Special session: Taylor proposes new commission for 'phone wars'

Telecommunications issues would be taken from Regulatory Commission of Alaska

Posted: Wednesday, June 26, 2002

In a surprise move, Senate Judiciary Chairman Robin Taylor this morning proposed a new Telecommunications Commission of Alaska to handle "phone wars" cases.

Taylor, a Wrangell Republican, spent all night with a bill drafter to find a way to remove the Regulatory Commission of Alaska from overseeing rates and interconnections between ACS and GCI, fierce competitors in local telephone service.

Gov. Tony Knowles called this week's special legislative session to have the RCA extended. Without an extension, the commission on Monday would begin a one-year "wind-down" leading to its termination. The House voted 34-4 Tuesday for a two-year extension.

ACS, which has lost its former monopolies in Juneau and Fairbanks due to RCA decisions, has come out in favor of the wind-down. GCI strongly supports an extension.

Based on campaign contributions, Taylor is seen as aligned with ACS. He says Knowles and members of the House leadership are "bought and paid for" by GCI.

The Senate Judiciary bill, still awaiting a committee vote late this morning, would extend the RCA by one year but remove much of its work, leaving it with oversight of public utilities providing electricity, water and sewer, garbage collection and pipelines. Taylor said the pipeline component could be a major issue for the commission if plans proceed to move North Slope natural gas to market.

As it is, "This commission takes too long to make a decision," he said. "Justice delayed is justice denied."

The bill also would impose tight restrictions on "ex parte" or non-official communications occurring between commissioners and utility executives, in what Taylor says is an attempt to avoid the appearance of favoritism toward particular companies.

He and other Republicans on the committee have grilled RCA Chairwoman Nan Thompson and GCI Vice President Dana Tindall about a trip Thompson took to GCI's private lodge near Dillingham. Thompson and Tindall testified the get-together, intended to be a joint briefing of an aide to U.S. Sen. Ted Stevens, did not include discussion of any open cases before the RCA.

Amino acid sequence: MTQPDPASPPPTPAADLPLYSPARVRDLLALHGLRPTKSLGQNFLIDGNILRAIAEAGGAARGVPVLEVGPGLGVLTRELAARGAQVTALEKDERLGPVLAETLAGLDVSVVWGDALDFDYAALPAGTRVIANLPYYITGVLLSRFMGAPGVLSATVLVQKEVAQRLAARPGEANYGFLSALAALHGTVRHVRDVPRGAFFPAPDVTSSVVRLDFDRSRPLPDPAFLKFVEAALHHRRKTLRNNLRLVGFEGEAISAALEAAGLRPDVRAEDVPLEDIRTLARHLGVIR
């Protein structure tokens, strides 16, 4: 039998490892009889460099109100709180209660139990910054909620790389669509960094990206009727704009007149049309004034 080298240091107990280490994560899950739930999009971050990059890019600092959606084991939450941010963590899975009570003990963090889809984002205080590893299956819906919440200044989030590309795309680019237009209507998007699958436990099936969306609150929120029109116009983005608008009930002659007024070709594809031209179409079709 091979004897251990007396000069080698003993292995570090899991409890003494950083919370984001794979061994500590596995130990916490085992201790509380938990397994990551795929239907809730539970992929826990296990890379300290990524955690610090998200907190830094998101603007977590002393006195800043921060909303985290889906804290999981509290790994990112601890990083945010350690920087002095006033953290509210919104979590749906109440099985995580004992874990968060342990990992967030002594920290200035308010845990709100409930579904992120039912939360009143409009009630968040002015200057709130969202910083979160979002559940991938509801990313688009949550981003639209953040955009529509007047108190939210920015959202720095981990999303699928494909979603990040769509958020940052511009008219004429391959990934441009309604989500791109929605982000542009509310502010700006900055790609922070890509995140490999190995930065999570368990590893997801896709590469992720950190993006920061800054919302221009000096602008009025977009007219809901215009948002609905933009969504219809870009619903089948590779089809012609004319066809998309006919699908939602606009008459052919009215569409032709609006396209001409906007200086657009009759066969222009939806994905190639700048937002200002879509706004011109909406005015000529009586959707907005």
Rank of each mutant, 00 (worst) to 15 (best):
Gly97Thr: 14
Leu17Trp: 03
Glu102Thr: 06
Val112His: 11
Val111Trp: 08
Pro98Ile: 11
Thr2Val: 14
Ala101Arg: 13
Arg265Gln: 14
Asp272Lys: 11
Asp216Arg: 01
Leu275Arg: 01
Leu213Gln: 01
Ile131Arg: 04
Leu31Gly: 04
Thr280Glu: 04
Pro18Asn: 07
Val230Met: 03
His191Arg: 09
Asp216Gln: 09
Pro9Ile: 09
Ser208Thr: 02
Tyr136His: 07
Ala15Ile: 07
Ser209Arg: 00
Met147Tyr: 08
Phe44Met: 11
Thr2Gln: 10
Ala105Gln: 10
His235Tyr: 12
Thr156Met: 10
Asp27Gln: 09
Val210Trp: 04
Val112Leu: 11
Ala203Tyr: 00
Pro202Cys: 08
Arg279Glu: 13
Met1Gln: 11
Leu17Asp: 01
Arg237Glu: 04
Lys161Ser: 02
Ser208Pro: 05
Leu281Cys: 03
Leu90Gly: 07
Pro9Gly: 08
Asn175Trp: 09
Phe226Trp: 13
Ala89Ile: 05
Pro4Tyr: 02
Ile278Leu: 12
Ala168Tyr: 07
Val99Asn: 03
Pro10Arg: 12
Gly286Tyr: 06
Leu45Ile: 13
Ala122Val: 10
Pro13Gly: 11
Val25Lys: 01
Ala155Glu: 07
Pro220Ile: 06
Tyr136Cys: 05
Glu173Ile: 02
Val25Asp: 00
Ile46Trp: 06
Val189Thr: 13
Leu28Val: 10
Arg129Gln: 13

Tindall called Taylor's new bill "totally ridiculous," noting that he hadn't held a Judiciary Committee hearing on the RCA during this year's regular session of the Legislature. Taylor's goal is simply to get new commissioners considering ACS cases, she said.

Support for Taylor's approach in the Senate is unclear, but House approval looks unlikely.

"Unacceptable," said House Finance Co-Chairman Eldon Mulder, an Anchorage Republican. "We're going to go to caucus this afternoon, but I would be amazed if there would be anybody in our caucus that would find it acceptable."

David Ramseur, chief of staff to Knowles, called the Judiciary bill a "non-starter."

"These are the guys who want to cut government; now they're creating an entirely new bureaucracy," Ramseur said. "Presumably they would pass the bill on to consumers."

In other special session business, the Republican majority overturned the governor's veto of a campaign finance bill.

The 41-16 party-line vote of the Legislature enacted a bill that will regulate soft-money "issue advertisements" that explicitly target specific candidates. The governor said it didn't go far enough in stemming "soft money" attacks.

Knowles and Democrats have been outraged by television ads from a Virginia group called Americans for Job Security that say the Knowles-Ulmer administration is responsible for economic stagnation in Alaska. Lt. Gov. Fran Ulmer is the leading Democratic candidate for governor this year.

"These ads are not subject to regulation under current law," emphasized Sen. Gene Therriault, a North Pole Republican who worked on the bill.

Therriault said the bill is a reaction to court cases and is constructed cautiously to avoid constitutional issues that courts might be looking at. "We're talking about freedom of speech here."

But Rep. John Davies, a Fairbanks Democrat, said that groups can speak all they want but should have to say whose money enabled them to do so. Otherwise, the campaign money "becomes laundered, in effect," Davies said.

Knowles issued an angry statement following the override.

"This action comes as little surprise as the Republican-backed, mis-named 'Americans for Job Security' initiated its third round of negative attack ads in the Alaska media," he said. "The Republican super-majority in the Legislature predictably flexed its muscle to open wide the floodgates of soft money." Citizens will turn to the initiative and referendum process in response to "this underhanded, mudslinging, machine politics," Knowles predicted.



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